Meg Maud, complete with a wart on her nose.

Helene seems quite uncertain this old woman really means to do her good, & Meg Maud's behavior is hardly reassuring. She takes an ax (this movie has a lot of axes) from the wall & brandishes it at the poor woman, screeching that she's a friend of Helene's supposed victim, Smolkin. It looks as though Meg Maud might actually strike Helene with the ax, but instead she slices off some meat that she throws into her pot. The only harm she ends up doing to Helene is to take a strand of her hair, "a raven strand of maiden virtue", as she puts it. Meg Maud says that witches should work together & not fight, a sentiment that Helene hastily agrees with. Despite her virtue, Helen seems willing to practice deception if it will get her out of a jam, although as with Gobbo she doesn't bluff here very well. Meg Maud then heads out, warning Helene not to open the door for anyone but her. So now our oppressed heroine is alone in an old cabin owned by a queer old woman who may actually be a witch. Helene's certainly having a poor night thus far.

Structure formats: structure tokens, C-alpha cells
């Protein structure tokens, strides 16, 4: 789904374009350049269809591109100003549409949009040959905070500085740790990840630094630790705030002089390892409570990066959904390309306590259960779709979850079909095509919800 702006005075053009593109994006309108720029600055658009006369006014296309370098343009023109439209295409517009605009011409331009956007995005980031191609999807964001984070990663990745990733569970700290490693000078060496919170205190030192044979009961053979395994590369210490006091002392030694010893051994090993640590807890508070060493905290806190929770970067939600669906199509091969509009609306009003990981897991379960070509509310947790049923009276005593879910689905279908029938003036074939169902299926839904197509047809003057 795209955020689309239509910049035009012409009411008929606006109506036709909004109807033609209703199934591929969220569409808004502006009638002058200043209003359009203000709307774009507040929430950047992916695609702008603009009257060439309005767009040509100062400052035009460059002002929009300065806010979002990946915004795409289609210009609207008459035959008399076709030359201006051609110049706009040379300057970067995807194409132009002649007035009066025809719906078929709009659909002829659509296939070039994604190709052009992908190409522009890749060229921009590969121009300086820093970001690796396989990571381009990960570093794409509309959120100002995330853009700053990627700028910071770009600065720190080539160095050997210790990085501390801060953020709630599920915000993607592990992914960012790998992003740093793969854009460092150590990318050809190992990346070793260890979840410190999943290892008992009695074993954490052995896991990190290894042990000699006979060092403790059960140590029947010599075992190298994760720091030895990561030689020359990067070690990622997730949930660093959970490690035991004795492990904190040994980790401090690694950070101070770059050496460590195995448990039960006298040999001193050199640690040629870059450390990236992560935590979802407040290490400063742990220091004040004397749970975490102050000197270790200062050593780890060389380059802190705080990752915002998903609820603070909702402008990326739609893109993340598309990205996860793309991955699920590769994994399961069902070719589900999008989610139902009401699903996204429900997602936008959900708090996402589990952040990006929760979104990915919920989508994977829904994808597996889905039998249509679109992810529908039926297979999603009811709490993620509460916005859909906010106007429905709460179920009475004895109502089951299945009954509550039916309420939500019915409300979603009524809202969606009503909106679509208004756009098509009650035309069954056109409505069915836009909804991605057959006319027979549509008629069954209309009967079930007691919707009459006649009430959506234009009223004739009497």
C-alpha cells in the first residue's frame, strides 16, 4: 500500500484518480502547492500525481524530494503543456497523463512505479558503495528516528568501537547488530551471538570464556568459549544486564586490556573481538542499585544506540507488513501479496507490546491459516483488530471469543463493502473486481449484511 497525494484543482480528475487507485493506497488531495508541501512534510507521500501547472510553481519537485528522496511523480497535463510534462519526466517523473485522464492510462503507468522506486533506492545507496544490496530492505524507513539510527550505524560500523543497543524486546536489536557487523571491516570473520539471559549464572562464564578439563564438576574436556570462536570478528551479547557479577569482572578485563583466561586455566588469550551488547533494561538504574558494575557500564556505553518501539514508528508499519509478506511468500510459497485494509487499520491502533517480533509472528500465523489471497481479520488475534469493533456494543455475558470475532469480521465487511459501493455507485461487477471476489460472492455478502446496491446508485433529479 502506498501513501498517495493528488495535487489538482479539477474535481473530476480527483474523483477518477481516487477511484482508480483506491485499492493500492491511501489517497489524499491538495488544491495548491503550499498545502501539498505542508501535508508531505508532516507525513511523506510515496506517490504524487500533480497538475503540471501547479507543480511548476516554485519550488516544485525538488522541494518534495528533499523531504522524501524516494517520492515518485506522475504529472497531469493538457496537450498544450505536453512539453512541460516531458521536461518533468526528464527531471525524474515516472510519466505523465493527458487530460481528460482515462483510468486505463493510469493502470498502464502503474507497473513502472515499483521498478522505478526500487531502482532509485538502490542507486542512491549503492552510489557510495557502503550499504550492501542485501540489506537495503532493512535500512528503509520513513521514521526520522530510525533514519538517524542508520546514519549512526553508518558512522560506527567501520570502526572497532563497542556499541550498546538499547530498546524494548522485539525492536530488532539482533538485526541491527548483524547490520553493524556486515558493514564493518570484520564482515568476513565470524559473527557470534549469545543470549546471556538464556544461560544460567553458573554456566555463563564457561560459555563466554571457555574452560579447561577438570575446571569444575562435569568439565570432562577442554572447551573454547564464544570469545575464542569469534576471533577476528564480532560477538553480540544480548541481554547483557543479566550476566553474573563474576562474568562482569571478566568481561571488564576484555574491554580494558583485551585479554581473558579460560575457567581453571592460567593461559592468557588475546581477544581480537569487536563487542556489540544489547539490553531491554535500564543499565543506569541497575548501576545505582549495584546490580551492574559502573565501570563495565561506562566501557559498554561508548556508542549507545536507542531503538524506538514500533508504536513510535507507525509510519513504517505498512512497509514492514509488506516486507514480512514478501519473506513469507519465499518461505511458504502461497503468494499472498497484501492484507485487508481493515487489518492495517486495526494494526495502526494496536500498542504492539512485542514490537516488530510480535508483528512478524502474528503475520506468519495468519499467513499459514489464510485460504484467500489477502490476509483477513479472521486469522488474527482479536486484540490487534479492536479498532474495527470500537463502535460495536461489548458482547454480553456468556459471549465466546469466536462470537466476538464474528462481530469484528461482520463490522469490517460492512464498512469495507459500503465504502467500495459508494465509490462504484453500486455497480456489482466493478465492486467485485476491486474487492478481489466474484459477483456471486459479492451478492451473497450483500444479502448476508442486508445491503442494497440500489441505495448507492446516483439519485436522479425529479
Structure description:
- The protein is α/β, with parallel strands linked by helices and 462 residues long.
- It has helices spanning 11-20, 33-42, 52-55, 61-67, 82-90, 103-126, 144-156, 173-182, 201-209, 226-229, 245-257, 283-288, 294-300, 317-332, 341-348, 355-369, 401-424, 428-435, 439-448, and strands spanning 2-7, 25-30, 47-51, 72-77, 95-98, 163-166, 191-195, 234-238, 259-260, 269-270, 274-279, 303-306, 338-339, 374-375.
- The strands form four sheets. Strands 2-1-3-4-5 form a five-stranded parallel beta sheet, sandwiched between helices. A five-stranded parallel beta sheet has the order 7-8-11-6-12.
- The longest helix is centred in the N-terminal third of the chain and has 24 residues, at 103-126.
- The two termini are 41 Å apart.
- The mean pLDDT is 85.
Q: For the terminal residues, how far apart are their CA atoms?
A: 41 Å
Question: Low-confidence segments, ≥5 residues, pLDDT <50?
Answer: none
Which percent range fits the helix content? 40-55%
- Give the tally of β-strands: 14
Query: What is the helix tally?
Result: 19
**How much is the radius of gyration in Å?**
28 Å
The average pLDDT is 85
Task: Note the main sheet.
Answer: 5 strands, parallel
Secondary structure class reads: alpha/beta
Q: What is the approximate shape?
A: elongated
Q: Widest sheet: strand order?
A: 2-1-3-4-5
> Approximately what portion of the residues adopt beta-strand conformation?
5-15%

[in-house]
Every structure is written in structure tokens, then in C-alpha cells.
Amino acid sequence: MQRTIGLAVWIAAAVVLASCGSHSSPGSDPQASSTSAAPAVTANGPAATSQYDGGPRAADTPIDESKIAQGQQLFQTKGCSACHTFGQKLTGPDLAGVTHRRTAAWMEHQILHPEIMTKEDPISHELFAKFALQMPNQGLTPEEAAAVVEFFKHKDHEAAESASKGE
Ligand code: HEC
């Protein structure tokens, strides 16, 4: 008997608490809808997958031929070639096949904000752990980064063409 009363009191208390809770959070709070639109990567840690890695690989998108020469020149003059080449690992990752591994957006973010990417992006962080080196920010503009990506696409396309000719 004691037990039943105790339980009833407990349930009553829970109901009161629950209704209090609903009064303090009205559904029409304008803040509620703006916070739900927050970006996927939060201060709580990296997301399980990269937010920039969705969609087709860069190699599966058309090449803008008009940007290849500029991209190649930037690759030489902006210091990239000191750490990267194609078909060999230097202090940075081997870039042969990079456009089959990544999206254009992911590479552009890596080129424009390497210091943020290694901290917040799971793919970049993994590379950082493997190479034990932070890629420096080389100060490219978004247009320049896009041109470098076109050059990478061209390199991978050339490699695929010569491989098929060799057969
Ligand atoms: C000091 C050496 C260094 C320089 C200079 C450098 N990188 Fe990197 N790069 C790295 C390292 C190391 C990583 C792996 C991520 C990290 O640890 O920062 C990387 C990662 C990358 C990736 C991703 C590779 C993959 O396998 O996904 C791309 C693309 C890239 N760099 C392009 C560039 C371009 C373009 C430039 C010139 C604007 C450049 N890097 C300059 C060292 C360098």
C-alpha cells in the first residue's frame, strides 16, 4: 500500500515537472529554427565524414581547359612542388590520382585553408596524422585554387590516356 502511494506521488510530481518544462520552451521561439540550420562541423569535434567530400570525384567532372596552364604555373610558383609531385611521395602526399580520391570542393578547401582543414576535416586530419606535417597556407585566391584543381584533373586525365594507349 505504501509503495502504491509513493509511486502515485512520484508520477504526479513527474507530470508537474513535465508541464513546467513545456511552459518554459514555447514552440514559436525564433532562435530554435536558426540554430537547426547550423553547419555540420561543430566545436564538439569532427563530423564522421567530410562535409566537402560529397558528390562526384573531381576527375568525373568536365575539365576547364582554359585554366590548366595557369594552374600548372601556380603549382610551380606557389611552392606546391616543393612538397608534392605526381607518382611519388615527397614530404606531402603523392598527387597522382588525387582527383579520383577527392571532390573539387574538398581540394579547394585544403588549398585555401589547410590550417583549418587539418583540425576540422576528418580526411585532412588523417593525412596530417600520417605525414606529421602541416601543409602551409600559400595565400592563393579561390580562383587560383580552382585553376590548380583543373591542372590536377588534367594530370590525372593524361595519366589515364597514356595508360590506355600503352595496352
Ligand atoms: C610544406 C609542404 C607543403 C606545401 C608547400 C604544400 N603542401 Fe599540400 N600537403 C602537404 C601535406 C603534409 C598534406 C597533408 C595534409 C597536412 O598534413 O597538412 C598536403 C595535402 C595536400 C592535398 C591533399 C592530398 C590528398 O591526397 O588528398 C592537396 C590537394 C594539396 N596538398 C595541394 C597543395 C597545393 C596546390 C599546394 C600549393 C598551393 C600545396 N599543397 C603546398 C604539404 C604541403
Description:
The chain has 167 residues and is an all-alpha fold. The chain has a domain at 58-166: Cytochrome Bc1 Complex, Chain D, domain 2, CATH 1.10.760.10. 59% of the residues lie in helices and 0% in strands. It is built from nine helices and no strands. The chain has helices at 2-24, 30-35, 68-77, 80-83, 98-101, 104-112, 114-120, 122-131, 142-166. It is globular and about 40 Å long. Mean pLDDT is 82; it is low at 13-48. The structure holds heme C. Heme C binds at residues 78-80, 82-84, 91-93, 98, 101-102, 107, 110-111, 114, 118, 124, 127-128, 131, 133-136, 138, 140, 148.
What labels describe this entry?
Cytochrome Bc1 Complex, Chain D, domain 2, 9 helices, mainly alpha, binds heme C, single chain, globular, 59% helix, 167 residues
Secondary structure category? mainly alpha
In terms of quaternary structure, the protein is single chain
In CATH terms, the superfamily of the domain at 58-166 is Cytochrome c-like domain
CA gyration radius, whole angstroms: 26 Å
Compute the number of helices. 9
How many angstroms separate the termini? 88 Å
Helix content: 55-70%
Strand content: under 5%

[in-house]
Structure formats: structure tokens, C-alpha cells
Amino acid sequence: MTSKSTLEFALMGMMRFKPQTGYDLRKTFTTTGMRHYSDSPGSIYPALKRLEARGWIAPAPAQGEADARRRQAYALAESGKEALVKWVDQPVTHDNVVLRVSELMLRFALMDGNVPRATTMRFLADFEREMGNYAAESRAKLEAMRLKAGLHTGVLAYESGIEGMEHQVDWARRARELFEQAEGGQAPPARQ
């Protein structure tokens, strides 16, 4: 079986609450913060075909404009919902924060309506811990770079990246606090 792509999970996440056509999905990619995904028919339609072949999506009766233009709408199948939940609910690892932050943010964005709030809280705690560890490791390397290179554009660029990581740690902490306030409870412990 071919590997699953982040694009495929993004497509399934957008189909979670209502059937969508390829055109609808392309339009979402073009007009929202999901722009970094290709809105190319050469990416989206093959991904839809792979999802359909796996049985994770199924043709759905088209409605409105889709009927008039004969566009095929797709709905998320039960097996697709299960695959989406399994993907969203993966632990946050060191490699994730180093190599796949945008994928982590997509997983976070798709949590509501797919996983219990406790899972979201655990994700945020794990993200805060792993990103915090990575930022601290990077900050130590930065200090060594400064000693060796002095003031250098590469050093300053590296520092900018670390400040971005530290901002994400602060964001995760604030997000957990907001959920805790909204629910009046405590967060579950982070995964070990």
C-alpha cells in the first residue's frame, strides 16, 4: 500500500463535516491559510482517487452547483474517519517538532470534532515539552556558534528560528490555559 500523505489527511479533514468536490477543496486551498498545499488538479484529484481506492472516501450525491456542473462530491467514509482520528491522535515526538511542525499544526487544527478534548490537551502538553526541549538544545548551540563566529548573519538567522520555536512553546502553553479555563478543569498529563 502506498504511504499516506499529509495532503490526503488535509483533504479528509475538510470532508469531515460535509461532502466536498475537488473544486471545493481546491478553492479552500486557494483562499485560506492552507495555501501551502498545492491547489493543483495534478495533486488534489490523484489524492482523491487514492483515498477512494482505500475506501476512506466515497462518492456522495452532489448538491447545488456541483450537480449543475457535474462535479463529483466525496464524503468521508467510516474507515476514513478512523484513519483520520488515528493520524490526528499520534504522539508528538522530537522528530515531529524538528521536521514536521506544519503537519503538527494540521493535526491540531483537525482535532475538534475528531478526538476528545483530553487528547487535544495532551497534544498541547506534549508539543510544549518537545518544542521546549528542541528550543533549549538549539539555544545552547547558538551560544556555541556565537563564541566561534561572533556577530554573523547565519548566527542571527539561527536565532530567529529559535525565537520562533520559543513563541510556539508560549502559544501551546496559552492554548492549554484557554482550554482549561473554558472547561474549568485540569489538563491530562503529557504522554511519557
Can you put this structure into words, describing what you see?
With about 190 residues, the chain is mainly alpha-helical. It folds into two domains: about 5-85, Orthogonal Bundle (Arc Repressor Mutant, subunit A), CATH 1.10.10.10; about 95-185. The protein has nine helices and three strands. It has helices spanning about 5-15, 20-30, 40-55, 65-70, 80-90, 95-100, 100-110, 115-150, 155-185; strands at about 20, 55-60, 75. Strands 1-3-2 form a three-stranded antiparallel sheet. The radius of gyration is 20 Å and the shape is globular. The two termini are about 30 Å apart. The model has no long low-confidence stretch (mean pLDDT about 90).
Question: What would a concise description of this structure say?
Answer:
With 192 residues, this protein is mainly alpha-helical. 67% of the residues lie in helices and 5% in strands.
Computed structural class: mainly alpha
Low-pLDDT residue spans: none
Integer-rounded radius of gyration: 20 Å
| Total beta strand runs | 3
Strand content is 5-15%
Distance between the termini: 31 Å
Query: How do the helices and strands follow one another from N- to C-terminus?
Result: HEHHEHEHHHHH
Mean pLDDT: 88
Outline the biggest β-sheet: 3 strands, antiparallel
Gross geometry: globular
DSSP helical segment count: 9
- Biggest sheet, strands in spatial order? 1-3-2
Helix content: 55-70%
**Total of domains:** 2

"You see here? This is what will happen to your fingers if you're careless with an ax."

We see Meg Maude coming up to Gabriel's Horn. As with Smolkin, I wonder whether she is intending to aid Helene or turn her in? She enters the inn & immediately meets Scroop. Meg Maud's demeanor is different now. She is no longer cackling or acting as erratically as before. She quickly learns that Pendragon is here, & in turn says that she has Helene at her place. She has Scroop call Pendragon down, warning the innkeeper not to say a word to Livia, which indicates that she is really not in league with witches after all.